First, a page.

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That growing optimism built up over four consecutive gains on the GDT auction has been soundly shattered by the last three trades which have all recorded losses.
With Christmas only weeks away, most traders will have done their Q4 deals which means there is virtually no chance of milk prices increasing this winter – unless, that is, more retailers step up to the plate.
Indeed, Farmers For Action is out again putting pressure on to achieve just that. The trouble is the big retailers are starting to find the going tough, as for the first time the two discounters Aldi and Lidl seize a 10% market share.
Even those fortunate Tesco suppliers will face a scale back on their premium volume, and other groups could be set to follow. There’s simply too much milk about and buyers know it.
Domestic production is riding high because of the open season, and this understandably has been exploited to produce more litres, paradoxically to counter low prices. However, with cows now being housed, that driver will largely be removed and expose those teeteringly thin margins.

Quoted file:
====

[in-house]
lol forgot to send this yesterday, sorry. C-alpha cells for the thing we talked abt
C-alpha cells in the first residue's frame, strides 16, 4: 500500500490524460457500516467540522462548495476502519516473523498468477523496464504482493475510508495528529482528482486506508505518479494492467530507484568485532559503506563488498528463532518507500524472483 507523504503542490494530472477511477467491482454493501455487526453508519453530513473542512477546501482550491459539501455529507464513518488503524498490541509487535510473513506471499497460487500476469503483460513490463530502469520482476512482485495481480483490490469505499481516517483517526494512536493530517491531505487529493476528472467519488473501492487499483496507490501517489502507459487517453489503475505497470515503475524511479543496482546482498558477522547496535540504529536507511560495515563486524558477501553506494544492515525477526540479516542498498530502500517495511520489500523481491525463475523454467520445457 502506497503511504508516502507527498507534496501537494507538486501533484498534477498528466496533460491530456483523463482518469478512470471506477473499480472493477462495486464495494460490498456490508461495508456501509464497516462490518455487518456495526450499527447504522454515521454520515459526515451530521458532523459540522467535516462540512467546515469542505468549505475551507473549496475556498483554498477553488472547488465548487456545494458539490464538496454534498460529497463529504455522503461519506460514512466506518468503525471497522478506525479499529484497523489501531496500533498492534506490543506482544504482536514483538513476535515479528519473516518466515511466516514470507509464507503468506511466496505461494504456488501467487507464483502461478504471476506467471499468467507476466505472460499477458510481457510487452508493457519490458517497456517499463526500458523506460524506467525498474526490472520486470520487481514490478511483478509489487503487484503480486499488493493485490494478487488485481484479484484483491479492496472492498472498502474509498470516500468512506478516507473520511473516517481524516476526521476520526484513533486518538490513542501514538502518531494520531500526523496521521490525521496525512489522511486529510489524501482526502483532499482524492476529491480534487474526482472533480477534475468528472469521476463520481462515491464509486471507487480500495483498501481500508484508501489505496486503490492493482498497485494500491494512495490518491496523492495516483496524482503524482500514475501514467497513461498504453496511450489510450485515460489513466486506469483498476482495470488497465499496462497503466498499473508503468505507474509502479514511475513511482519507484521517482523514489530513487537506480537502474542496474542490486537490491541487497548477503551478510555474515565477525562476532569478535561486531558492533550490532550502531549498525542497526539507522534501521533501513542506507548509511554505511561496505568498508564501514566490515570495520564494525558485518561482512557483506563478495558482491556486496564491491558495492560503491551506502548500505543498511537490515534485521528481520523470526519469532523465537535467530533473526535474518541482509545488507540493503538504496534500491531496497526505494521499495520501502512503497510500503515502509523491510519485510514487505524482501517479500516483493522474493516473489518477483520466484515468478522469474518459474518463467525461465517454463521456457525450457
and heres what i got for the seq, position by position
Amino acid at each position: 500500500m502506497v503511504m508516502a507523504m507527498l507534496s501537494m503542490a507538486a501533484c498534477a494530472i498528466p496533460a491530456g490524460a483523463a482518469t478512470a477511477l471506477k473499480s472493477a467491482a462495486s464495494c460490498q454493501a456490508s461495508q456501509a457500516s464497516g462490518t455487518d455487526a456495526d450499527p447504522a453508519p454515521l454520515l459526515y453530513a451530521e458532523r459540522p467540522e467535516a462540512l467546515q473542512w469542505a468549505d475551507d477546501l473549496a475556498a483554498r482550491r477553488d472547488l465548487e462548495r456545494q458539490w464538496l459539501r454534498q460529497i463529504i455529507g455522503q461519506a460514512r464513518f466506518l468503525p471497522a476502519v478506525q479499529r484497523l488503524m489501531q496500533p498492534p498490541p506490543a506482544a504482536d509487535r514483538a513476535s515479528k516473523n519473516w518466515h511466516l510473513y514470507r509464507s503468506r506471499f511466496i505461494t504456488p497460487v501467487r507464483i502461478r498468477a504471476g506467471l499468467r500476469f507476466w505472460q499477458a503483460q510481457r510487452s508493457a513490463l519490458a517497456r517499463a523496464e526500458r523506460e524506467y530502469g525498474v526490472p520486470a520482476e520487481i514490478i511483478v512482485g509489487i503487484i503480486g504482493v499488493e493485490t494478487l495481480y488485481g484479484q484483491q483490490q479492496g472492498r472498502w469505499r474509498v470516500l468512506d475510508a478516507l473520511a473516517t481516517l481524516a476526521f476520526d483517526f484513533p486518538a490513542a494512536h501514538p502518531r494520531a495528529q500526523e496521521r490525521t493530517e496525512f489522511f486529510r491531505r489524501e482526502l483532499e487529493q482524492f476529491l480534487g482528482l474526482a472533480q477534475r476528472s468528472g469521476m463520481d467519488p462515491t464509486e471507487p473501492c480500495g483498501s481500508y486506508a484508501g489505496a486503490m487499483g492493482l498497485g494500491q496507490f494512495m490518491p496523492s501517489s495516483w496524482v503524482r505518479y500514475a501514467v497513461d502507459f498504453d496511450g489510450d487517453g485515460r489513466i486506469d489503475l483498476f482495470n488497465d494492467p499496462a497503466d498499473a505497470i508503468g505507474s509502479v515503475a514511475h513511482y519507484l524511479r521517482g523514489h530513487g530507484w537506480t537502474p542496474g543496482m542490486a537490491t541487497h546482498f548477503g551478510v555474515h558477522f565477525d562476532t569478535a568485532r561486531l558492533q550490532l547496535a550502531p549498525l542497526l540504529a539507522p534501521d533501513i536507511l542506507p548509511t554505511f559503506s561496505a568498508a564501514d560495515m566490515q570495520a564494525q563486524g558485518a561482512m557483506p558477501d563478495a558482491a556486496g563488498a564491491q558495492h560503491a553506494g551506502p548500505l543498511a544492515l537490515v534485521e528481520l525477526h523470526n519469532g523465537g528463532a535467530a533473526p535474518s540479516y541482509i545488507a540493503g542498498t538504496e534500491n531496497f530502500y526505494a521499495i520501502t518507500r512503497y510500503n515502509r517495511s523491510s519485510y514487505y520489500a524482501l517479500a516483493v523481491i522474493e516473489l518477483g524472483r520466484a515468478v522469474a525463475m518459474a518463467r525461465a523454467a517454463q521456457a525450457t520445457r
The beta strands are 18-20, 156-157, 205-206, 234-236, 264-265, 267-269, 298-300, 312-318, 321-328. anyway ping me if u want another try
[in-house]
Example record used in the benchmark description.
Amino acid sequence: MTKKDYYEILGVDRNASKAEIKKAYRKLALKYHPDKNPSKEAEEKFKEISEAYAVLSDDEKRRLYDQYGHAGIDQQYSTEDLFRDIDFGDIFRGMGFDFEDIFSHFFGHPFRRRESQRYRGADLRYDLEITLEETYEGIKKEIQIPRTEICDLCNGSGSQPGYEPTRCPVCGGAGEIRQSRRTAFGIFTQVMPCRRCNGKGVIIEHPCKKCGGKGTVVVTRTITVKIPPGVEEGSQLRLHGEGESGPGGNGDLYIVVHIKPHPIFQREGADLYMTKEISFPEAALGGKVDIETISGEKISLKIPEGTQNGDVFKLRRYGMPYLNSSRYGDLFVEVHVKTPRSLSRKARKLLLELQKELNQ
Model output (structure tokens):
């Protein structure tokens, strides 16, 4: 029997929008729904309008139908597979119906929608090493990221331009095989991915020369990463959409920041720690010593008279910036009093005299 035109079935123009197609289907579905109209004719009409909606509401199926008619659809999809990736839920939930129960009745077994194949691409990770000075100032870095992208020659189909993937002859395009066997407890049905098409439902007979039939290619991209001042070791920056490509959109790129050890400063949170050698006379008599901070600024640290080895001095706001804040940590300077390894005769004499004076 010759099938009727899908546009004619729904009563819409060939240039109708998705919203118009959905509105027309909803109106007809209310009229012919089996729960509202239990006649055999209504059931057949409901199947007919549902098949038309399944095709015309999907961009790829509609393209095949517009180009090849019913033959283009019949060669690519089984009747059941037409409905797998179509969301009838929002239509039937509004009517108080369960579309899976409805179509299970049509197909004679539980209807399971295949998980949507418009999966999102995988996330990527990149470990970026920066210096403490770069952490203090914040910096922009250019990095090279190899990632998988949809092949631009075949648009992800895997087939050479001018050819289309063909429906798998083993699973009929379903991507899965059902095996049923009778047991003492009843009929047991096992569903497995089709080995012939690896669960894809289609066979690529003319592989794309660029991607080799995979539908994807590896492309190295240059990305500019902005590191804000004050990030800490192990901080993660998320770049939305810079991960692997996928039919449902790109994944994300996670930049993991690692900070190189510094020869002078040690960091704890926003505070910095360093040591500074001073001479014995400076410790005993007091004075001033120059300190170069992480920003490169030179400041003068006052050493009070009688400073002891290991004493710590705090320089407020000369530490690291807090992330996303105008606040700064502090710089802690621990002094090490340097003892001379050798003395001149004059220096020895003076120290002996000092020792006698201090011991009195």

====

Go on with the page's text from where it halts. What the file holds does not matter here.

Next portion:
Couple that with talk of banks refusing to extend help to troubled businesses and it is expected far more farmers will quit this winter than the 4% annual average. The RABDF’s latest survey shows a frighteningly high 49% if prices don’t improve for the next six months. Aside from those who decide to quit, the naked economics of winter milk might just curb production.
It might be that volumes tighten quicker than anyone expects, and the domestic market, if not the global one, picks up faster than is forecast. Let’s hope so!
Peter Hollinshead, Dairy Farmer editor